Monday, May 04, 2020

Enforced social distancing is turning ugly...what would you expect in a free country?

via IheartNews.
A Texas man was arrested after he was recorded on video shoving a Texas park ranger into a lake. The incident occurred at Commons Ford Metropolitan Park in West Austin when the ranger approached a group of people who were illegally smoking and drinking.

Video shows the ranger telling the group to remain at least six feet apart. People in the crowd appear to dismiss his request, sarcastically saying "will do" and "I got you, man." As the ranger is talking to the group, 25-year-old Brandon Hicks runs up and shoves him into Lake Austin. Hicks also fell into the water and can be seen climbing out and running away.

Hicks was quickly apprehended and is facing felony charges of attempted assault on a public servant. If convicted, he faces up to two years behind bars and a maximum fine of $10,000.

After the officer was pushed into the water, other people in the crowd came to his aid and apologized for Hicks' actions.

"That's the Austin we know, and that's the Austin we love," the arresting officer wrote in his report.

After the incident, the rangers temporarily closed the park because it was too crowded.
Note that Austin is probably the most liberal city in Texas and if this is the reaction then it will be multiplied by 10 in other areas...especially the more rural ones.

Then this.  Again from IHeartNews.
 After Missouri issued lockdown measures due to the coronavirus pandemic, officials in St. Louis County created a website where residents could report people and businesses that ignored the stay at home orders.

In just over one week, more than 900 people filed reports on the site, which resulted in 29 businesses receiving citations for refusing to close down. The forms required people to provide their names and contact information, and put a warning that the information could become public record under the state's Sunshine Law, which allows people to file requests for public records.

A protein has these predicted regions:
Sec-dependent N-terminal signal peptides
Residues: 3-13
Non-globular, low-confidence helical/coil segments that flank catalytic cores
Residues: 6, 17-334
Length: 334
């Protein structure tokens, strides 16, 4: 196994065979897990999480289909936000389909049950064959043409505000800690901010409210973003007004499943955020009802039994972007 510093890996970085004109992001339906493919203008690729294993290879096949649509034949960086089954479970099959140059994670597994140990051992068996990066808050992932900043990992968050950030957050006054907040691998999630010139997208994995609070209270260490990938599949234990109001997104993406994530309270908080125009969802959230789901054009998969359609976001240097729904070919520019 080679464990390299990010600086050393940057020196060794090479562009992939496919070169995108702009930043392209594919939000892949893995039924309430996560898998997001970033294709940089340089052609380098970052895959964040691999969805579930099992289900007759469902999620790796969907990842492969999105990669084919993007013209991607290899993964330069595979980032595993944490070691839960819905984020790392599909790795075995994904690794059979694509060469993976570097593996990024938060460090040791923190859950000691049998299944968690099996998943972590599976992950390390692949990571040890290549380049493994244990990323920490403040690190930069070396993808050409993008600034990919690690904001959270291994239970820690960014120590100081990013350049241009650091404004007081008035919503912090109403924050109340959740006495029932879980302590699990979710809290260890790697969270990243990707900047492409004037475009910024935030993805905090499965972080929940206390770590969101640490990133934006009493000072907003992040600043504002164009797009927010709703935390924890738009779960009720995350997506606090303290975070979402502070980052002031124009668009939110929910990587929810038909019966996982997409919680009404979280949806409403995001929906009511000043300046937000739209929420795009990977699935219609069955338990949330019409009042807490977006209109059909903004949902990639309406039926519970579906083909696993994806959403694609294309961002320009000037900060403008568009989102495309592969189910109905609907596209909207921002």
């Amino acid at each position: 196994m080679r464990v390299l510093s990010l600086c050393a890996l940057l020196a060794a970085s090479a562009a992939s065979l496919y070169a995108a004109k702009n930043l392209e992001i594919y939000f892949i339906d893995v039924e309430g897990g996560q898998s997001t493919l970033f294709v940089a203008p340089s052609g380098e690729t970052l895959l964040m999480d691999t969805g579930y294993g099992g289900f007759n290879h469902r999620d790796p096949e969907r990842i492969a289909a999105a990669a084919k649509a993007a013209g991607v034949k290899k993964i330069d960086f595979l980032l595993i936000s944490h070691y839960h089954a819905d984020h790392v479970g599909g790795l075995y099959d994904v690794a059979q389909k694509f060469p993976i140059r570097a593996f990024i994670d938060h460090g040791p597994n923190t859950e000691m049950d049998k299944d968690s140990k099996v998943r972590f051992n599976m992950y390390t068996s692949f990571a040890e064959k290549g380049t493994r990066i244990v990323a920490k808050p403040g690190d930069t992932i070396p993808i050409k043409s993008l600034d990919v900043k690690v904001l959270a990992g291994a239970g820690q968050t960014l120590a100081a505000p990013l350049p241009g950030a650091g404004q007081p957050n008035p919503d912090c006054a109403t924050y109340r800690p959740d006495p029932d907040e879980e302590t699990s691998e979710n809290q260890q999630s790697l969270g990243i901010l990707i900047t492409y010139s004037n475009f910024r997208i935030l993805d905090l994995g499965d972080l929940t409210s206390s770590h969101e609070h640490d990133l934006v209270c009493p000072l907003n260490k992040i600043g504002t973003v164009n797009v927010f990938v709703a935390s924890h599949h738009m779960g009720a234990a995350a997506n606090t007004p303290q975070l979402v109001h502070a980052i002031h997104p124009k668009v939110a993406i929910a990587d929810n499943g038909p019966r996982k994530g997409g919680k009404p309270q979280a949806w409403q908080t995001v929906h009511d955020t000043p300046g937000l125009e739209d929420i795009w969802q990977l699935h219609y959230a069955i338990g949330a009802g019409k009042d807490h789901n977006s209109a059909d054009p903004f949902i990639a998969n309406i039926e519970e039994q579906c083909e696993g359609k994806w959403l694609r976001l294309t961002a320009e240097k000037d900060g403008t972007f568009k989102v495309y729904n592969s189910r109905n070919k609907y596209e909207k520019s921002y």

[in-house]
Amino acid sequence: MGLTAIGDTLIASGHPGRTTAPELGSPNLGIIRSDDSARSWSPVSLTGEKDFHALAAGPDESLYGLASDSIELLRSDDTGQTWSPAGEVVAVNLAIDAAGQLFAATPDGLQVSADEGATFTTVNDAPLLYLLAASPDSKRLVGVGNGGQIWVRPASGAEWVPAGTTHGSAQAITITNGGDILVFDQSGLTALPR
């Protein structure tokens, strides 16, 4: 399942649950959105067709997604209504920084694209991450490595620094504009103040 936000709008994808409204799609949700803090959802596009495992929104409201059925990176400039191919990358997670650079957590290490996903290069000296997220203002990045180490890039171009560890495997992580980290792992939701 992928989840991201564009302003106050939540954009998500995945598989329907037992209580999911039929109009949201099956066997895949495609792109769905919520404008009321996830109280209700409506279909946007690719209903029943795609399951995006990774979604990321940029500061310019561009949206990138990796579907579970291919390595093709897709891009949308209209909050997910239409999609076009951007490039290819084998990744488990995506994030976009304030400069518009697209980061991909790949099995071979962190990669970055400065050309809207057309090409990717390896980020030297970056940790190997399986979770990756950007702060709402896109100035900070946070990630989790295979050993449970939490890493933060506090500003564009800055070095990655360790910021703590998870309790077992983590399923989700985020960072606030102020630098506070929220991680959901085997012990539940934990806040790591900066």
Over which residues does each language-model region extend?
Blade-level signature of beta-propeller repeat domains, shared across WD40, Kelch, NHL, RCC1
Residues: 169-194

When county officials received the request, they asked their lawyers if they should redact the personal information before releasing the documents.

"In this particular instance, our county counselor's office consulted with the [attorney general]'s office on releasing the list of those who had filed complaints against county businesses. We were told all the information was public and we should not redact (except for HIPAA information). Withholding information goes against what journalists push us to be – as transparent as possible," St. Louis County executive's director of communications, Doug Moore, said, according to KSDK.

The documents were requested by Jared Totsch, who then posted them on Facebook.

"Here, ya go. The gallery of snitches, busybodies, and employees who rat out their own neighbors and employers over the Panic-demic," he wrote.
Just wow.

But after just a little thought we shouldn't be surprised.  America claims to be a free country and the various lockdown order amount to a wide ranging house arrest, potentially illegal order to close commerce and an attempt to deprive people of their ability to earn a living (although the Feds have done a decent job of filling that gap with extremely generous unemployment checks).

The real issue from my seat?

Poor communication.

I'm talking about not only from the Feds (to a limited degree) but MOSTLY from the individual governors.

Social distancing was sold as pushing down the curve so that hospitals wouldn't be overwhelmed.  We reached a point where that wouldn't happen weeks ago.  The continued lockdowns seem to be based on moving targets and you can't be a moving target when you're asking people to be in jail.

Another thing that I don't think people are taking account of is the psychological challenges that some face and for others the terrible truth that home just ain't a nice place to be.

The armed protests were bad.

I think the reaction of the public if this lingers much longer will be worse.

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